Everyone’s on a journey somewhere—sometimes with a lot of planning and agonized worry, and sometimes not. But in southeastern Mali, where we lived for a long time, you never set out on a journey without asking for the road. Kuni kan—“Give me the road”. This was the moment when you made sure you’d fulfilled all your pressing obligations and said proper good-byes. “No hard feelings?” “Everything okay?” “See you later.”
At first we thought you only asked for the road when you were on your way to somewhere else in the world—Bamako to Abidjan, or Mali to America. But in time we realized that of course, you also ask for the road when your destination lies beyond the borders of this world. Then, more than at any other time you need to make sure you are leaving in peace, and have tied up all the loose ends that might otherwise trouble everyone staying behind.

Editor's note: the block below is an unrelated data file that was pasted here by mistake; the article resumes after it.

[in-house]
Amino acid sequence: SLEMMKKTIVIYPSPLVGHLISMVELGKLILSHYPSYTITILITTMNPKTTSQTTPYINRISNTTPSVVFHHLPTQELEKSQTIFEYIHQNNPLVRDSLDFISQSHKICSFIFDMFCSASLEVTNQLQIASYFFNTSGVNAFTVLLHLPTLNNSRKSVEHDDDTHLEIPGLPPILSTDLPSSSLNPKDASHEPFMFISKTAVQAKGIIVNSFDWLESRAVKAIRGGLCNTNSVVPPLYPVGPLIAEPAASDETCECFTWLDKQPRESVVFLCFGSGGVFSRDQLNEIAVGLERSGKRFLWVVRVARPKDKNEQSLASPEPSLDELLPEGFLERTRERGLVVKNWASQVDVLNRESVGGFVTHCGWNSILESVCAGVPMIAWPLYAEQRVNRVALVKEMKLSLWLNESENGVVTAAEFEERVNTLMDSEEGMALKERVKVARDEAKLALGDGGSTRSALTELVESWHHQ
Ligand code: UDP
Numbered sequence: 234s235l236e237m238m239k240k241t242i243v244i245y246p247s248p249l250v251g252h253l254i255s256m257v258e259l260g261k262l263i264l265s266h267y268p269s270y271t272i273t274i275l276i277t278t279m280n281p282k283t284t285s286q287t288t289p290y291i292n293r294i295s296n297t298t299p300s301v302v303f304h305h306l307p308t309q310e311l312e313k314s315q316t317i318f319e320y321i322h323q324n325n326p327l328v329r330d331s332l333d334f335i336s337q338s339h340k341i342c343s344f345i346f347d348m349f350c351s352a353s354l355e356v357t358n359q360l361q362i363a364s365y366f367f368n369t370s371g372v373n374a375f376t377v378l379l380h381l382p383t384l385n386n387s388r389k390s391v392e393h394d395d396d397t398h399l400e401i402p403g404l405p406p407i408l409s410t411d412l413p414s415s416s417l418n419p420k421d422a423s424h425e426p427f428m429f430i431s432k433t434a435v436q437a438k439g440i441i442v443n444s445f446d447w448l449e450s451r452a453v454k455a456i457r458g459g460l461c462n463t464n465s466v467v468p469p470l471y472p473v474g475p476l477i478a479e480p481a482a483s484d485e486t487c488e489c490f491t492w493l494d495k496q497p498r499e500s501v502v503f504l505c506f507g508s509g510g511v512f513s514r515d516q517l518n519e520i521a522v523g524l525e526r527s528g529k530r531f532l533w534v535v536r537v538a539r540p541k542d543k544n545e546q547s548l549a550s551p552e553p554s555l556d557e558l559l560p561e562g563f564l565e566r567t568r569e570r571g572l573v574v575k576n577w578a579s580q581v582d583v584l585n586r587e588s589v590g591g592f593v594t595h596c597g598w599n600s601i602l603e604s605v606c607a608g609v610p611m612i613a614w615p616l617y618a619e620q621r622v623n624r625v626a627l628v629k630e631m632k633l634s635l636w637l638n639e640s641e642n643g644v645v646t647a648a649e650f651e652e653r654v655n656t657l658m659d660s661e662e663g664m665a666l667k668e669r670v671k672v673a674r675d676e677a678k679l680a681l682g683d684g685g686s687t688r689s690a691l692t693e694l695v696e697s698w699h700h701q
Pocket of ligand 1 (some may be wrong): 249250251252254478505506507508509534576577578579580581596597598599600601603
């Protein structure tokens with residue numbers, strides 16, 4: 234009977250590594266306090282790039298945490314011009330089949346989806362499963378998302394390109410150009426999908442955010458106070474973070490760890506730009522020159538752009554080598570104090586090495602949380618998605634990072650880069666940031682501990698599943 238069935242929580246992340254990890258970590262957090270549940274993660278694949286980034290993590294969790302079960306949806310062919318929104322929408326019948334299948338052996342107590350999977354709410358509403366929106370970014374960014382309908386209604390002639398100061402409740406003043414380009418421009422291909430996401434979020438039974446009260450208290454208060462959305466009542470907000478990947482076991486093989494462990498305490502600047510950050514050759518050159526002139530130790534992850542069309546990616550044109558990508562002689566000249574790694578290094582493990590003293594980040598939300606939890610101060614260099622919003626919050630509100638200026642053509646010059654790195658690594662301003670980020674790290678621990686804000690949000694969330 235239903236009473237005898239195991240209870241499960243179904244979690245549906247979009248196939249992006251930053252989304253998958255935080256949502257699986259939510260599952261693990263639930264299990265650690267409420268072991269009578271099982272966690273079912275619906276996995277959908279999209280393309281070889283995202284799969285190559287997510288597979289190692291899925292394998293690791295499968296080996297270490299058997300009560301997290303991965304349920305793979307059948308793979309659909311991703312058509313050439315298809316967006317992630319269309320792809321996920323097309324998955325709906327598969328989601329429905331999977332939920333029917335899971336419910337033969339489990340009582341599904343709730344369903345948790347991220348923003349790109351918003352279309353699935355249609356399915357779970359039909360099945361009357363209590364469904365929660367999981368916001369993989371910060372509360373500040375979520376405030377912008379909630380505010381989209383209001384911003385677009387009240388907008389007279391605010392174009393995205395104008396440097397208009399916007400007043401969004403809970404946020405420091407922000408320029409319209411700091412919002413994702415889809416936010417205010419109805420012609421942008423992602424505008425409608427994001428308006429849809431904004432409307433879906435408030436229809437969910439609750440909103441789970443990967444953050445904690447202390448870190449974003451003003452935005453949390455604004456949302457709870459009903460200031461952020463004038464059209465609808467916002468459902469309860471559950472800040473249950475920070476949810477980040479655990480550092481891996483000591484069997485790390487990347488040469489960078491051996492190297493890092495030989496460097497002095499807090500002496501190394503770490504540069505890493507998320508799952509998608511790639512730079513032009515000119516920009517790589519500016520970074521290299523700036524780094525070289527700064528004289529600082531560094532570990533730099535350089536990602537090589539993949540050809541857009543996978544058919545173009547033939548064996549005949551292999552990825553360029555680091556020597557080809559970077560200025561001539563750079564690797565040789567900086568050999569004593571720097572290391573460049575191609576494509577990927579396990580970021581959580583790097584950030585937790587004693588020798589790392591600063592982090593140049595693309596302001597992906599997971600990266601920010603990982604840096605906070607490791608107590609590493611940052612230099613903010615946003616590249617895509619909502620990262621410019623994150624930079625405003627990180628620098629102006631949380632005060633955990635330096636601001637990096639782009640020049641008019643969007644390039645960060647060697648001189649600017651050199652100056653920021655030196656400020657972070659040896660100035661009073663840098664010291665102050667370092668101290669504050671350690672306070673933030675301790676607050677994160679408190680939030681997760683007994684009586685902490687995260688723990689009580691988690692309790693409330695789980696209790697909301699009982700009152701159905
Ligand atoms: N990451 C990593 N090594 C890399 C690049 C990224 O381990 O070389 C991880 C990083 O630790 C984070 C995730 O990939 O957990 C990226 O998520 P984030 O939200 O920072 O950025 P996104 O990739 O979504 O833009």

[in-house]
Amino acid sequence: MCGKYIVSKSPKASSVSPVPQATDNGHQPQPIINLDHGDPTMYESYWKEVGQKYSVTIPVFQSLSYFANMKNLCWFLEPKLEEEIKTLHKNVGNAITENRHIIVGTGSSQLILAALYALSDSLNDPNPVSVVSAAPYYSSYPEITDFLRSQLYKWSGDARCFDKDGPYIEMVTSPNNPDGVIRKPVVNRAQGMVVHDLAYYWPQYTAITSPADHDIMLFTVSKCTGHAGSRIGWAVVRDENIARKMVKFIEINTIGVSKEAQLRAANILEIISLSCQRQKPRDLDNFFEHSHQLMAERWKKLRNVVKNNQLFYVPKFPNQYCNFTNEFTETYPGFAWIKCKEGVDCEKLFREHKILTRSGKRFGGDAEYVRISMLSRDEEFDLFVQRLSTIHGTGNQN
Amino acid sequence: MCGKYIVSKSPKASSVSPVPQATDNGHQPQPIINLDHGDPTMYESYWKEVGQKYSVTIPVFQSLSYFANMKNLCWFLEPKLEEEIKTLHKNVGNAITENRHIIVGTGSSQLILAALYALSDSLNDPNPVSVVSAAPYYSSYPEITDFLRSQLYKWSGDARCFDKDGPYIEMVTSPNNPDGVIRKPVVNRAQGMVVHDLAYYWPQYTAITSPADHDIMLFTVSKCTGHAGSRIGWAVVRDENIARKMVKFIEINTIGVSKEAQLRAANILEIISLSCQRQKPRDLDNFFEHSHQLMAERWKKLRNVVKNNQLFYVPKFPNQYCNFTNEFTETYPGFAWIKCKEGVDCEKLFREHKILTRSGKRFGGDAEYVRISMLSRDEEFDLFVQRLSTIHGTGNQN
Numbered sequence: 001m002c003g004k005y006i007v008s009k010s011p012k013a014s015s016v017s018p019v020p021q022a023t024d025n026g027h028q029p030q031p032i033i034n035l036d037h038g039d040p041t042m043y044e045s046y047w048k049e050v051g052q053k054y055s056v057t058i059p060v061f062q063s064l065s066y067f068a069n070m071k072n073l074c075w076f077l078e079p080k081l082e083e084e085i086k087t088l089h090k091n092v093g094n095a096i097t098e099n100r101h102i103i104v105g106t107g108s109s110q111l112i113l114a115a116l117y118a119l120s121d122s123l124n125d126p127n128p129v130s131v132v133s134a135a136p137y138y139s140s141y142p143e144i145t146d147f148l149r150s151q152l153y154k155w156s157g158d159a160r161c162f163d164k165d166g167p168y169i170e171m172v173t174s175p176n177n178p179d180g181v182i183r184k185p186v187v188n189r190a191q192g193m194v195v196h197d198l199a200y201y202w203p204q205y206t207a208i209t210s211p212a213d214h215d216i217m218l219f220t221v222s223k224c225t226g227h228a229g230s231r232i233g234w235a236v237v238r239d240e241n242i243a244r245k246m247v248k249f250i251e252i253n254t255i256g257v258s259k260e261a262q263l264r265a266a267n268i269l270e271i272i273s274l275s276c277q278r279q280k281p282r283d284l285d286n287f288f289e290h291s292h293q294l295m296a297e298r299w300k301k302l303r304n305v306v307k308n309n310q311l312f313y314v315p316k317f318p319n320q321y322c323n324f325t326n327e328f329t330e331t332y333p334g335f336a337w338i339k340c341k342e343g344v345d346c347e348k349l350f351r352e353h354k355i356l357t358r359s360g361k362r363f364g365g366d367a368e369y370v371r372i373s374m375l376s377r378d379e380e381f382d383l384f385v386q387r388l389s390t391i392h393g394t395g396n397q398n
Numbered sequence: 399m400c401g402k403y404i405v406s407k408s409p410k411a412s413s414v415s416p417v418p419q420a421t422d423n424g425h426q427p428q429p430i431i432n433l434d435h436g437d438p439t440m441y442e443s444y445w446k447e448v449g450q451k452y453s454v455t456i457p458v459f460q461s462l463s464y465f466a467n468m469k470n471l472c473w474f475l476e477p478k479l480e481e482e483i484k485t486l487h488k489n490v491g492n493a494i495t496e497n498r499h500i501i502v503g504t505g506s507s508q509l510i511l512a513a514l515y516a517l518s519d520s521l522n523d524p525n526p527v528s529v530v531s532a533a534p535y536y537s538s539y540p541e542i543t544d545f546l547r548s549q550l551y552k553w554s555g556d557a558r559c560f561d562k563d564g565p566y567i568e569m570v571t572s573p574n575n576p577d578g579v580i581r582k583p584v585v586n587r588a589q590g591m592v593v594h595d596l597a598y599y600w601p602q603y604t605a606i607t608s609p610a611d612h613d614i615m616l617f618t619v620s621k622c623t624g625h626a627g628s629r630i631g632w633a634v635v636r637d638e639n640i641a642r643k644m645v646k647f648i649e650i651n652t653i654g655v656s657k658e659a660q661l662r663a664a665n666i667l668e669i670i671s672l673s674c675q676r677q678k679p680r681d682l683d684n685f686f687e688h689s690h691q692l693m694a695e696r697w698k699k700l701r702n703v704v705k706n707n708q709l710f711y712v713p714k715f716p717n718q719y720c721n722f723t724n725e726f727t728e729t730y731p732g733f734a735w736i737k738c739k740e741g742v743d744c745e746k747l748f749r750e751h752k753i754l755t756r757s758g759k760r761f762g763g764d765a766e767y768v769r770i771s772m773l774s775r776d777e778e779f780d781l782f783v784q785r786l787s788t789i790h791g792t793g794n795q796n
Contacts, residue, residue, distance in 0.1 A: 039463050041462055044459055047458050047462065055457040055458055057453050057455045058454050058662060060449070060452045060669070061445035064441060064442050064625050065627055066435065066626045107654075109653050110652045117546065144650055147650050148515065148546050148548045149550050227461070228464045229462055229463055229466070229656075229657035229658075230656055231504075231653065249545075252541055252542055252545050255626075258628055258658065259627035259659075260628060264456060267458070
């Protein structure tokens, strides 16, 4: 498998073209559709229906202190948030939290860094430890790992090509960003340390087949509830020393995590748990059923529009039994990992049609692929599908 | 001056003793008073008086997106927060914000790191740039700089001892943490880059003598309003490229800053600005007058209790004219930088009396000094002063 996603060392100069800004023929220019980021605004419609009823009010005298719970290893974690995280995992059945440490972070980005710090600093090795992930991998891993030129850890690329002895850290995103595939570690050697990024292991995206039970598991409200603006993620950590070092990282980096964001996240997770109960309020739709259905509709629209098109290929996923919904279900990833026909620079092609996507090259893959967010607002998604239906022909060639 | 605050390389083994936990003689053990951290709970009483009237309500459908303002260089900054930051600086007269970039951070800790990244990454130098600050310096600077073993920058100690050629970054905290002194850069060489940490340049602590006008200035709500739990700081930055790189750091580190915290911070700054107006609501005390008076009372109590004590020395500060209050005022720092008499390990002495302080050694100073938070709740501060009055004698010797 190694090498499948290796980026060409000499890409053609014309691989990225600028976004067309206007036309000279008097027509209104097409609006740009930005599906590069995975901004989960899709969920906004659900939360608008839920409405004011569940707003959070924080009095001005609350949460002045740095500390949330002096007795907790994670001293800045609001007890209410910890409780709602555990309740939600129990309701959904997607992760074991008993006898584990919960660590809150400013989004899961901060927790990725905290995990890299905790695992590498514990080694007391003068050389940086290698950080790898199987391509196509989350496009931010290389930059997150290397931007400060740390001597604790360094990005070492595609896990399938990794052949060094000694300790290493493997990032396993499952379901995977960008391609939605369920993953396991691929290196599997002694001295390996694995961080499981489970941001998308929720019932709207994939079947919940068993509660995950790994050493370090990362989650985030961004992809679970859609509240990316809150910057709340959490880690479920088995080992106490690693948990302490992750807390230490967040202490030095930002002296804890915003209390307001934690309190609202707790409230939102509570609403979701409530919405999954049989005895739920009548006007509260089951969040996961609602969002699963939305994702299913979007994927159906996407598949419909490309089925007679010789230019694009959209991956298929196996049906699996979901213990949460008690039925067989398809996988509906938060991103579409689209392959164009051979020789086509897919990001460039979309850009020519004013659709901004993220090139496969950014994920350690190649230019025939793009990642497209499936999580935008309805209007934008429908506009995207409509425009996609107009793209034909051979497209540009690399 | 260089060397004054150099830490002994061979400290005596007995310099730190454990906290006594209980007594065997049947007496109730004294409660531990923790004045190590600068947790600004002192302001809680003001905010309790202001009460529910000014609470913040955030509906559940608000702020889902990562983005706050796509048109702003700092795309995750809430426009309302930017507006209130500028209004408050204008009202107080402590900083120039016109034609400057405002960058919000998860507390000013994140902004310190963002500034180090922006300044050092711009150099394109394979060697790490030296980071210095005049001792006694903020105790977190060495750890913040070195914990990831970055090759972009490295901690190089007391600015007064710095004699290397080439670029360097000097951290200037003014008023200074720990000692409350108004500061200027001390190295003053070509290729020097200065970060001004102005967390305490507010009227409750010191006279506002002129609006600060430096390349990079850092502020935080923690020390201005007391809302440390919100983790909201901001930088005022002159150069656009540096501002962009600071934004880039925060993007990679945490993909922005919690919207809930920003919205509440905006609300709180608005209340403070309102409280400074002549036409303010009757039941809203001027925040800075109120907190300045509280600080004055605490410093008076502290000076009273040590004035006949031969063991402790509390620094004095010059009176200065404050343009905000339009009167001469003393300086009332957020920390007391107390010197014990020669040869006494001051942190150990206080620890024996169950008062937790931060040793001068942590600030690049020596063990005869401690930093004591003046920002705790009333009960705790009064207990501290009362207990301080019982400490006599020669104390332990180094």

When two people are saying a long goodbye—a goodbye that might last for years—a goodbye that brings grief with it—they might just offer each other the left, not the right hand. It shows everyone in a single gesture just how topsy-turvy the world of grief is. “Come back soon. Don’t stay away forever. I miss you already.”
We’re always having to ask for the road because the journeys we’re on aren’t over yet. You can offer us the right hand of fellowship if you wish. But the left hand is good too.